Thoughts on Excellence Free E-Newsletter Series
Volume 17, Issue No. 7b
November 15, 2018
By Dan Coughlin
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I’ve owned my business for 21 years, but Seth Godin’s book, This Is Marketing, has transformed the way I think about marketing. I think this book could be called, The Philosophy of Modern Marketing, or Marketing that is Truly Effective.
I used to think of marketing as a series of tasks I needed to do each month in order to drum up new business.
Now I see marketing as a noble adventure with the intent to create meaningful change in some part of the world. On page 144, Seth talks about “your quest to matter.” That’s a beautiful way to some up his perspective on marketing. It’s not a task. It’s a quest, a call to adventure, something in sync with Joseph Campbell’s work on The Hero’s Journey.
Seth emphasizes three critically important questions:
- What change are you trying to make?
- Who are you seeking to change?
- What promise can you make to your potential customers? (Hint: your promise needs to connect to the change you want to make in the world.)
He points out that the primary purpose of marketing is to create change in the world; meaningful, positive change.
Then in Chapter 10 he explains how important it is to create tension that causes people to make a decision to work with you. On page 121, he wrote, “There are two ways to do your work. You can be a cab driver. Show up and ask someone where they want to go. Charge them based on the meter. Or you can be an agent of change, someone who creates tension and then relieves it.”
This reminds me of Joseph Campbell’s retelling of the story about King Arthur and the Knights of the Round Table. King Arthur challenged the knights to go on a quest for the Holy Grail. Then one of the knights stood and said, “We should all enter the forest at a different point, a place where there is no path. We should carve out our own path in our pursuit of the Holy Grail.”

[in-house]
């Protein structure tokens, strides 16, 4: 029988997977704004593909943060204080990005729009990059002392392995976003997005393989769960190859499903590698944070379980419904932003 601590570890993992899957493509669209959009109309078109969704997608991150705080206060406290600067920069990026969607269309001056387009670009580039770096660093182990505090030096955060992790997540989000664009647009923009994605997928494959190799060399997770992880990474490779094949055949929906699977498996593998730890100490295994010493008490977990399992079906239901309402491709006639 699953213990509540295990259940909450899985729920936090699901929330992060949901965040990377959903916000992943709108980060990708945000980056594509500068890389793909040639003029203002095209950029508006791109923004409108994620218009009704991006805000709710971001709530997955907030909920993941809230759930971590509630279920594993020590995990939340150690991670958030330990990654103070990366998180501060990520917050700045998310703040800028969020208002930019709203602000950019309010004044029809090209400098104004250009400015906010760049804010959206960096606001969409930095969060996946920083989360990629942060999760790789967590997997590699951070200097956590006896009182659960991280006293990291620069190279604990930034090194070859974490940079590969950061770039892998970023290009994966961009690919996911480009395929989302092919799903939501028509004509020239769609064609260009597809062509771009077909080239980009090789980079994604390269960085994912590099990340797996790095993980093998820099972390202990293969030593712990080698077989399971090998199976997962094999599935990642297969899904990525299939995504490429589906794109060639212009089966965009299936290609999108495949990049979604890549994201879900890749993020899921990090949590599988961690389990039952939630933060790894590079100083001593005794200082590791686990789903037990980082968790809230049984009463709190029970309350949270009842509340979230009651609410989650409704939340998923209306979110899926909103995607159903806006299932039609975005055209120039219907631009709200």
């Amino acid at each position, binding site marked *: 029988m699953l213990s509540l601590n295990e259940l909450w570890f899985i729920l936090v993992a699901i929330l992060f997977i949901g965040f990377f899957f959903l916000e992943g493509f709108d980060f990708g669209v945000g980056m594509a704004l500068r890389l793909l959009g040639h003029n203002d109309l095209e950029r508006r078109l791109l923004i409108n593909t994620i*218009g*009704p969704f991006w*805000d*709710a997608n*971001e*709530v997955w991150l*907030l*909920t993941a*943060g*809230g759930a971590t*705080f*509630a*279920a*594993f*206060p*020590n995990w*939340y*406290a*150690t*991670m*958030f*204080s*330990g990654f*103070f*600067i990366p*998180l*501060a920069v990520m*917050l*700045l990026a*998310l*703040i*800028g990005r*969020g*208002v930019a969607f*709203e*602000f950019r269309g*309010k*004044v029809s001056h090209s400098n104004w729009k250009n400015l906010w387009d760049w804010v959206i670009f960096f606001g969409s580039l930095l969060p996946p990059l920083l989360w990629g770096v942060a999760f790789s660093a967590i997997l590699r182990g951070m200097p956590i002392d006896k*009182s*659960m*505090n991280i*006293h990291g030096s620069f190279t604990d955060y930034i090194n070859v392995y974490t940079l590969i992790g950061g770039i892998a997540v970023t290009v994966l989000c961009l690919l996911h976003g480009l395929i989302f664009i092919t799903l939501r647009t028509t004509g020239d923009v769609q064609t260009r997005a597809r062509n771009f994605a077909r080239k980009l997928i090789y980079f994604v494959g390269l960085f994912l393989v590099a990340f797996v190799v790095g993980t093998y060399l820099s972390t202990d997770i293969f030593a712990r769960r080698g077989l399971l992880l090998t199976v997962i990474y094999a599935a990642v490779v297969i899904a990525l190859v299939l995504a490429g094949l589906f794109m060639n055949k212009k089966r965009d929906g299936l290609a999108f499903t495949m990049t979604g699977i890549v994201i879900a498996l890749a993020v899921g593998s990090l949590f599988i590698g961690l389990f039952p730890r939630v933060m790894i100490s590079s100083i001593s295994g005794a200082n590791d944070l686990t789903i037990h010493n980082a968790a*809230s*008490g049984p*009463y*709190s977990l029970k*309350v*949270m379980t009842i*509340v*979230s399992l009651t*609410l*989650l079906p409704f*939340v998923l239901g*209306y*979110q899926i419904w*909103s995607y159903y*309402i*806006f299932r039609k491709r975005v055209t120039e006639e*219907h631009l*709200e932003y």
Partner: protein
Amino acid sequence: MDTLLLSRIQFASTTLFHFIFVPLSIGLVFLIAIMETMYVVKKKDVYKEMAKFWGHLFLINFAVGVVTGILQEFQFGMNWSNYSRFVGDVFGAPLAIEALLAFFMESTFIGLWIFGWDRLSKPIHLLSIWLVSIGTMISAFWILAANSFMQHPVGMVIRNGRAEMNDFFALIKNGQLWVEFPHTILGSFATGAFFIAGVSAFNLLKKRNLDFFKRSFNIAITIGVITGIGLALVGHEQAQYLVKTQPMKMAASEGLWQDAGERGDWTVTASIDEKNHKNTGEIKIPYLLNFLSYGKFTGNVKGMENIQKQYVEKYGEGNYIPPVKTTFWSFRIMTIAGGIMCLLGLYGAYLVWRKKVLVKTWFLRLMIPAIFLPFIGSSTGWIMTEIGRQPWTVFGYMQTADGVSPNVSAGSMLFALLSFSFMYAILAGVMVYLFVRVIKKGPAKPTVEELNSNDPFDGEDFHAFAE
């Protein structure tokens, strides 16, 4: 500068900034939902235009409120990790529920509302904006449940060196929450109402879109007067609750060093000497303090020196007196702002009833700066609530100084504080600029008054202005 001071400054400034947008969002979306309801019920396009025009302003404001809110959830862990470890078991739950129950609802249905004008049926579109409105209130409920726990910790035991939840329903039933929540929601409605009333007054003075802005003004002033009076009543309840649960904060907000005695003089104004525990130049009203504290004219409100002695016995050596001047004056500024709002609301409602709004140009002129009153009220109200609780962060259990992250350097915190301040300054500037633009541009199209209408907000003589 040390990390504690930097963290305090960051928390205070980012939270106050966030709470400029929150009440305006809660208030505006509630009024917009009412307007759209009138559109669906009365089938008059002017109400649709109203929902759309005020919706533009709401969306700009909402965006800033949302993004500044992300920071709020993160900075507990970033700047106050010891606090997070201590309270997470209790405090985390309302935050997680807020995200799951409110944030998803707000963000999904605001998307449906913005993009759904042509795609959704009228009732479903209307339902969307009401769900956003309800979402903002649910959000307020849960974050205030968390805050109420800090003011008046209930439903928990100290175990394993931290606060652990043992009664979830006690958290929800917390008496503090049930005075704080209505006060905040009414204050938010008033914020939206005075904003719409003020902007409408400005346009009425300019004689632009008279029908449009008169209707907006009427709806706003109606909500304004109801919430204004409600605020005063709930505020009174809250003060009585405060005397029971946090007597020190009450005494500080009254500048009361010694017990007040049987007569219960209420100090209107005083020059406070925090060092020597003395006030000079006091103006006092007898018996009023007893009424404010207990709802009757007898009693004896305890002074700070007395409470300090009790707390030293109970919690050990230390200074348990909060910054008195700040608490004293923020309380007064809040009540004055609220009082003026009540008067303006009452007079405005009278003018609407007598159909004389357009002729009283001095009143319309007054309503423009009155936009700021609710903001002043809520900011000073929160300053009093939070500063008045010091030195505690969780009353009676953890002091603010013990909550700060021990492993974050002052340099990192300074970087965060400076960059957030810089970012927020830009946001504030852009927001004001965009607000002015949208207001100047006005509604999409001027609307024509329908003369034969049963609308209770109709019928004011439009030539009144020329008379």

To me, that’s what Seth is telling us to do. Carve out your own path by clarifying the change you want to make in the world, which is your Holy Grail, and then steadily, day after day, stay on that quest to create that change for the people who need that change.
Early in the book I decided to put a star next to statements that really meant a lot to me. By the end of the book I had over 70 stars and most of the book underlined. Here are some of the most powerful statements for me:
(Page 12) “Marketers make change happen: for the smallest viable audience, and by delivering anticipated, personal, and relevant messages that people actually want to get.”
(Page 12) “Marketers have the empathy to know that those they seek to serve don’t want what the marketer wants, don’t believe what they believe, and don’t care about what they care about.”
(Page 20) “Marketing is our quest to make change on behalf of those we serve, and we do it by understanding the irrational forces that drive each of us.”
(Page 28) “You have no chance of changing everyone. You need to change someone. Which ones? Do they share a psychographic?”
(Page 65) “Our calling is to make a difference. A chance to make things better for those we seek to serve…Not for your own benefit, but because of what it can produce for others.”
(Page 70) “Great marketing is the generous and audacious work of saying, ‘I see a better alternative; come with me.’”
(Page 81) “Marketers make change. We change people from one emotional state to another. We take people on a journey; we help them become the person they’ve dreamed of becoming, a little bit at a time.”
Do you see what I mean? Over and over and over Seth is teaching a new philosophy of modern marketing. Decide on the change you want to make, decide on who to change, and make a promise as to what those people will gain from you to make that change.
I can’t encourage you enough to read, This Is Marketing. I believe you will see your marketing work as a noble adventure to make great and positive change in the world. And the book is filled with nuances and processes for you to consider as you move your marketing into action.
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